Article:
On the important question of fatigue, the child under six has revealed striking facts. In ordinary schools the child soon becomes tired and instruction difficult; hence it has seemed cruel to instruct at an early age, and loving parents want the little ones to do nothing but play and sleep. But there are clear signs that the children themselves get profoundly bored by this programme, and react to it vigorously by all sorts of naughtiness. Experience with out children aged from three to six, and even younger, has shown that not only is there no fatigue in learning at that age, but the children actually become stronger. Not all work brings fatigue; for example, we do much work, as with jaws, teeth and tongue when we eat, and such work results in renewed energy, we feel naturally also a need to exercise our muscles, in order to make them strong. It is the same with children in their mental development. Not only do they seem indefatigable, but by being intellectually active their acquire strength and health. Natural predisposition suits the young child to the reception of culture, but society abandons him mentally at this sensitive period, by its regime of play and sleep. He cannot stop absorbing or stop being active, but if there is nothing to absorb, he has to content himself with toys. Psychologists say that the child must play, for through play he brings perfection to himself. Also they admit that the child absorbs a special environment, and forges the historical link between the past and the future. They conclude that we must observe, without disturbing, the child absorbing the present by playing and living, and not help but abandon him to his own devices. But how can a child in such a complicated world absorb culture if he be left to play with toys and build sand castles? So there is a contradiction in the ideas of these psychologists, who say it is important to communicate with the child in his absorbent stage, and yet he must be left alone, continually to play, as thus he constructs and develops his powers. Play has become exalted as something mystical, and serious and dignified men stand with reverence before a child building and castles. But it is logical that there are in this period of three to six natural aptitudes to easy acquisition of culture, we should take advantage of them, and surround the child with things to handle which in themselves convey steps in culture. When we place in his environment certain objects which allow him to imitate human actions around him, and the means to perfect acquisitions already made in the first period, we help him to achieve the complicated culture of today. These are no mere playthings which we give, to be sold along with dolls and tin soldiers. Which do children prefer? When the Montessori material is given, children take to it with vehemence, and to a degree hitherto considered fantastic. These starving minds, which have been thrown into an environment which, alone by themselves, they cannot understand or master, when given means to acquire mastery, hurl themselves on it like hungry lions, devour whatever will help them to survive, and adapt themselves to the civilisation that has evolved to date.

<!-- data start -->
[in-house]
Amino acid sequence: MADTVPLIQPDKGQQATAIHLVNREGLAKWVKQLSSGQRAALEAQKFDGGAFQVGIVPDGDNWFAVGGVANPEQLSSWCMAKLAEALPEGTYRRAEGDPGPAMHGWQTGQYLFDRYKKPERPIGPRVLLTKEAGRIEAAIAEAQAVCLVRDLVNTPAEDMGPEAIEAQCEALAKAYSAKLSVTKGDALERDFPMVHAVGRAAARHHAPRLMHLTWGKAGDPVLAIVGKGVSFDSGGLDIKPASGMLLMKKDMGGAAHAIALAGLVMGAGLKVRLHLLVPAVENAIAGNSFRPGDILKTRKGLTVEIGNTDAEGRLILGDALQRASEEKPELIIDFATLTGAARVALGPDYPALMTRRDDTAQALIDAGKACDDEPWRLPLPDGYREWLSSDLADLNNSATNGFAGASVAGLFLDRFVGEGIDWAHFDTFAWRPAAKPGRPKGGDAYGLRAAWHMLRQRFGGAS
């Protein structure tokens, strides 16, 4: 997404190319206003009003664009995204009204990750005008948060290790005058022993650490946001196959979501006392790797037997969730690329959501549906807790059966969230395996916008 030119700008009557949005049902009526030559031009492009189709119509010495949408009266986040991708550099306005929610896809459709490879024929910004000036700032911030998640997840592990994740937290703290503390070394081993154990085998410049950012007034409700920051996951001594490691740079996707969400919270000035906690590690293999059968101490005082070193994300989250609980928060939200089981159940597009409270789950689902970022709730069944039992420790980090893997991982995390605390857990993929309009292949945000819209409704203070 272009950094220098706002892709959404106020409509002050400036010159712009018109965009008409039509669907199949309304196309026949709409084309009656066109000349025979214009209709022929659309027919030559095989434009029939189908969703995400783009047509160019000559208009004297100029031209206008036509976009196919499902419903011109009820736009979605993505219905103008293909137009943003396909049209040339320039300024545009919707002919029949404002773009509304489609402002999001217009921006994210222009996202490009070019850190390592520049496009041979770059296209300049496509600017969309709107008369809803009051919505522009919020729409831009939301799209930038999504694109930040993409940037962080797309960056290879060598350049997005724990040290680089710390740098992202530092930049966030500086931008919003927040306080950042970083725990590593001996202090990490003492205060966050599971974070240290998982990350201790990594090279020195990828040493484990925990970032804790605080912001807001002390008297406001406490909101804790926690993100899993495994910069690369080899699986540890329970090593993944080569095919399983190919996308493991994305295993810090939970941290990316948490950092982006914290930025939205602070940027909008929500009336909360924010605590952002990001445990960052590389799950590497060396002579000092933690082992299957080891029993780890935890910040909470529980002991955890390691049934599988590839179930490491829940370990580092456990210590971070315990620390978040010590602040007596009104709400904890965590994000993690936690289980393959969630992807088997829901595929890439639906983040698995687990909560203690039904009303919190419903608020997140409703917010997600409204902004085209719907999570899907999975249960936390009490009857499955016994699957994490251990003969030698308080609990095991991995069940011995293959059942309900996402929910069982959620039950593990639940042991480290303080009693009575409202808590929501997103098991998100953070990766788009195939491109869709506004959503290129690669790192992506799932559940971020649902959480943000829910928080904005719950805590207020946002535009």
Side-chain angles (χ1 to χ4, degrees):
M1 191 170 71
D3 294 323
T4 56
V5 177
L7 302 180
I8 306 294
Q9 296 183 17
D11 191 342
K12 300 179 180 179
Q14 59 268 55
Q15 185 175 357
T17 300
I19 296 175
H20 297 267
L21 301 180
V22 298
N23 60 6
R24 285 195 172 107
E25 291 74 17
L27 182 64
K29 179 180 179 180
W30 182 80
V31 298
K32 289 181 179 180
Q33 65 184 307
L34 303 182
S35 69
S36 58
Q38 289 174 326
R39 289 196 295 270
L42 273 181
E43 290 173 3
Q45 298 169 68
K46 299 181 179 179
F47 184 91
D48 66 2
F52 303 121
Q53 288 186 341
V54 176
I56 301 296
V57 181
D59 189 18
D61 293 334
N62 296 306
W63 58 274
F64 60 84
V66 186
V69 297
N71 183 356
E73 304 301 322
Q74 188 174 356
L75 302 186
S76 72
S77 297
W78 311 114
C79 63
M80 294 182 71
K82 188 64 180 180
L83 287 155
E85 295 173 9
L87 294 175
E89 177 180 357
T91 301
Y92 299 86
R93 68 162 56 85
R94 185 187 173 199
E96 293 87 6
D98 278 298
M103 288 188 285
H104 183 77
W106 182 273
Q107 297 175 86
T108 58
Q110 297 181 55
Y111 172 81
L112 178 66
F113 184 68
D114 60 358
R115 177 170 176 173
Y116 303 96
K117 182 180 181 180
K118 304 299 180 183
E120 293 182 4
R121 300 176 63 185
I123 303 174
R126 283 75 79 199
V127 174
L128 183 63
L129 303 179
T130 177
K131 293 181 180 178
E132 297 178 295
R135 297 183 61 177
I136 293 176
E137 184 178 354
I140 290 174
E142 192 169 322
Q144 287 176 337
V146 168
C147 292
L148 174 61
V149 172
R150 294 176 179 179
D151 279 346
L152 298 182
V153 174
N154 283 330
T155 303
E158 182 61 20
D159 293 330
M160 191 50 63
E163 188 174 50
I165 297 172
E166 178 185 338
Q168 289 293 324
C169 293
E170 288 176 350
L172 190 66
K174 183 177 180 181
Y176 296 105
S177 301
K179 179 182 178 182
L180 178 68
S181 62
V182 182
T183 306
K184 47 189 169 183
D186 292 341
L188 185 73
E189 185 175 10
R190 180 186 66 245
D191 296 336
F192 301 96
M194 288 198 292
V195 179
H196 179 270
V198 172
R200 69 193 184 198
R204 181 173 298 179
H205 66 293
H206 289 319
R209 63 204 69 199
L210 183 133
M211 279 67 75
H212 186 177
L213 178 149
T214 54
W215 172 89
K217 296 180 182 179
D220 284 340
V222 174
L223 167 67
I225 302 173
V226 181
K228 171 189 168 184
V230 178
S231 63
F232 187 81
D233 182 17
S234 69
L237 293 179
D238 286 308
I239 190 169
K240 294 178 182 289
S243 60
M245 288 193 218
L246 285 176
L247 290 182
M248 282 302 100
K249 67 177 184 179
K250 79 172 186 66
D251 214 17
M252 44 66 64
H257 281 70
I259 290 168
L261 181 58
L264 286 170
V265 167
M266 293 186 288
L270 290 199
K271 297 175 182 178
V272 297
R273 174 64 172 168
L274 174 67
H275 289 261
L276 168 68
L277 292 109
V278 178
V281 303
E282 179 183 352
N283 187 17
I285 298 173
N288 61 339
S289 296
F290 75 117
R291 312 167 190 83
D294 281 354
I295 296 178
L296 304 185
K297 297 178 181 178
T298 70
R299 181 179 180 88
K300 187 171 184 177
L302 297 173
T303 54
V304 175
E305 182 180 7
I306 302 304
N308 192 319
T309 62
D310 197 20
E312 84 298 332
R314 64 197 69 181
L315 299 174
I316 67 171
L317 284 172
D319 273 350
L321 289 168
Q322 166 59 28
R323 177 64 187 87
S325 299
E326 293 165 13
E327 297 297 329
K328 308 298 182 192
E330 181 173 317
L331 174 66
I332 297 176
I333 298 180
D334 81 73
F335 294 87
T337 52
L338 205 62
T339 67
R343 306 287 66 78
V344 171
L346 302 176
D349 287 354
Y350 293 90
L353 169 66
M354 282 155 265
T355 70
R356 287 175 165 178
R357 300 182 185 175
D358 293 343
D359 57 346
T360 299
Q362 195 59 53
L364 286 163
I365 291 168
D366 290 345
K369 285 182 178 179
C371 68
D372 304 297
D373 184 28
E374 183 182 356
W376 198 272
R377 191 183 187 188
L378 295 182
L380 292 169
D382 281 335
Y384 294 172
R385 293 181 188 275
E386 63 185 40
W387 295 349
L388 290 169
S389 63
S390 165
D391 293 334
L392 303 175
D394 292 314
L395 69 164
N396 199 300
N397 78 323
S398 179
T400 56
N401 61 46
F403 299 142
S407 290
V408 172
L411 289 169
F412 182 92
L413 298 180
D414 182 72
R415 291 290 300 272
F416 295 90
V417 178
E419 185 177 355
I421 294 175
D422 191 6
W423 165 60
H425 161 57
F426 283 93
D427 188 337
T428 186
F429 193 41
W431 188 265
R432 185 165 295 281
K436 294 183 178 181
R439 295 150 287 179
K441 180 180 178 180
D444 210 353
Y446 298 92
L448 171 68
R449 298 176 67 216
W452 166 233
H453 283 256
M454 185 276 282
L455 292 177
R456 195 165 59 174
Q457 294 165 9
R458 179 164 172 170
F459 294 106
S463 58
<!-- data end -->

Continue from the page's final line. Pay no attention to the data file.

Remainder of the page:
Faced with this vision of great power in the child, and of its importance to humanity, we must observe that power minutely, and see in what way we can help it. Instead of placing mystic faith in the play of the child, the faith must be placed in the child himself, and we must do something to create a practical science to use those powers which our intuition has lately come to recognise.


Creative Commons License